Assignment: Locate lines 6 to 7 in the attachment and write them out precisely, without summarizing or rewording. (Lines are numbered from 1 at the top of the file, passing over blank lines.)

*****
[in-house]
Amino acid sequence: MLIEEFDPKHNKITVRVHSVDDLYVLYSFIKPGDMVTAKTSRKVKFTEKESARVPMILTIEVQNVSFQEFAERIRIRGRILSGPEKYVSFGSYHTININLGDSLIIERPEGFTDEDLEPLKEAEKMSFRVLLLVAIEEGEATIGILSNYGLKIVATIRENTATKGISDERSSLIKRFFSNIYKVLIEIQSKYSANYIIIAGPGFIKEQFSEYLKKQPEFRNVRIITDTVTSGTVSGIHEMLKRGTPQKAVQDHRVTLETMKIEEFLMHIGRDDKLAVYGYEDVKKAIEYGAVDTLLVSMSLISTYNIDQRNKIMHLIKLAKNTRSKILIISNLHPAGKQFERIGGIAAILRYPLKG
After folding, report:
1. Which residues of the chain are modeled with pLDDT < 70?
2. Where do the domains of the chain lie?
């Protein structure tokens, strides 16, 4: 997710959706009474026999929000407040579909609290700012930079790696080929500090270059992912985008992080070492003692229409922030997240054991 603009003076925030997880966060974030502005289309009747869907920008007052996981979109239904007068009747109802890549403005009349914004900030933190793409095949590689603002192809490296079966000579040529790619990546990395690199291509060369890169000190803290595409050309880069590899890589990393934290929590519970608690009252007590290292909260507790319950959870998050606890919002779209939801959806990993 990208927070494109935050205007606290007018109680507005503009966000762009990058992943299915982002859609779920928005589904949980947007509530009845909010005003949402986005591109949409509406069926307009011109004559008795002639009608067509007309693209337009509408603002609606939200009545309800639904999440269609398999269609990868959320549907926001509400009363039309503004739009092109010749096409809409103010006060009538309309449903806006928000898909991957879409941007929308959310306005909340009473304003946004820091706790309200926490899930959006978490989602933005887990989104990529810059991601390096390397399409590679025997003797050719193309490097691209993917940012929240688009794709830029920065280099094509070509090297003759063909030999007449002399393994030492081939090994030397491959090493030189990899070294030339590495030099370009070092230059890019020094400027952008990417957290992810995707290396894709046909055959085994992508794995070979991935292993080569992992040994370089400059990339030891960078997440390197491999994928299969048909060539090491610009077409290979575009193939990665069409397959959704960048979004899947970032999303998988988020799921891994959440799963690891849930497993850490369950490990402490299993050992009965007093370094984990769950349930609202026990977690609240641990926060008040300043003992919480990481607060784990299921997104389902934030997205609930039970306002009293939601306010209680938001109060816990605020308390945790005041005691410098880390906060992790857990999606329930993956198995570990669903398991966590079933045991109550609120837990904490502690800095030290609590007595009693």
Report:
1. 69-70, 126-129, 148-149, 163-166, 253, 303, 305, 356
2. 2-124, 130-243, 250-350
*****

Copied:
């Protein structure tokens, strides 16, 4: 997710959706009474026999929000407040579909609290700012930079790696080929500090270059992912985008992080070492003692229409922030997240054991 603009003076925030997880966060974030502005289309009747869907920008007052996981979109239904007068009747109802890549403005009349914004900030933190793409095949590689603002192809490296079966000579040529790619990546990395690199291509060369890169000190803290595409050309880069590899890589990393934290929590519970608690009252007590290292909260507790319950959870998050606890919002779209939801959806990993 990208927070494109935050205007606290007018109680507005503009966000762009990058992943299915982002859609779920928005589904949980947007509530009845909010005003949402986005591109949409509406069926307009011109004559008795002639009608067509007309693209337009509408603002609606939200009545309800639904999440269609398999269609990868959320549907926001509400009363039309503004739009092109010749096409809409103010006060009538309309449903806006928000898909991957879409941007929308959310306005909340009473304003946004820091706790309200926490899930959006978490989602933005887990989104990529810059991601390096390397399409590679025997003797050719193309490097691209993917940012929240688009794709830029920065280099094509070509090297003759063909030999007449002399393994030492081939090994030397491959090493030189990899070294030339590495030099370009070092230059890019020094400027952008990417957290992810995707290396894709046909055959085994992508794995070979991935292993080569992992040994370089400059990339030891960078997440390197491999994928299969048909060539090491610009077409290979575009193939990665069409397959959704960048979004899947970032999303998988988020799921891994959440799963690891849930497993850490369950490990402490299993050992009965007093370094984990769950349930609202026990977690609240641990926060008040300043003992919480990481607060784990299921997104389902934030997205609930039970306002009293939601306010209680938001109060816990605020308390945790005041005691410098880390906060992790857990999606329930993956198995570990669903398991966590079933045991109550609120837990904490502690800095030290609590007595009693």
Report: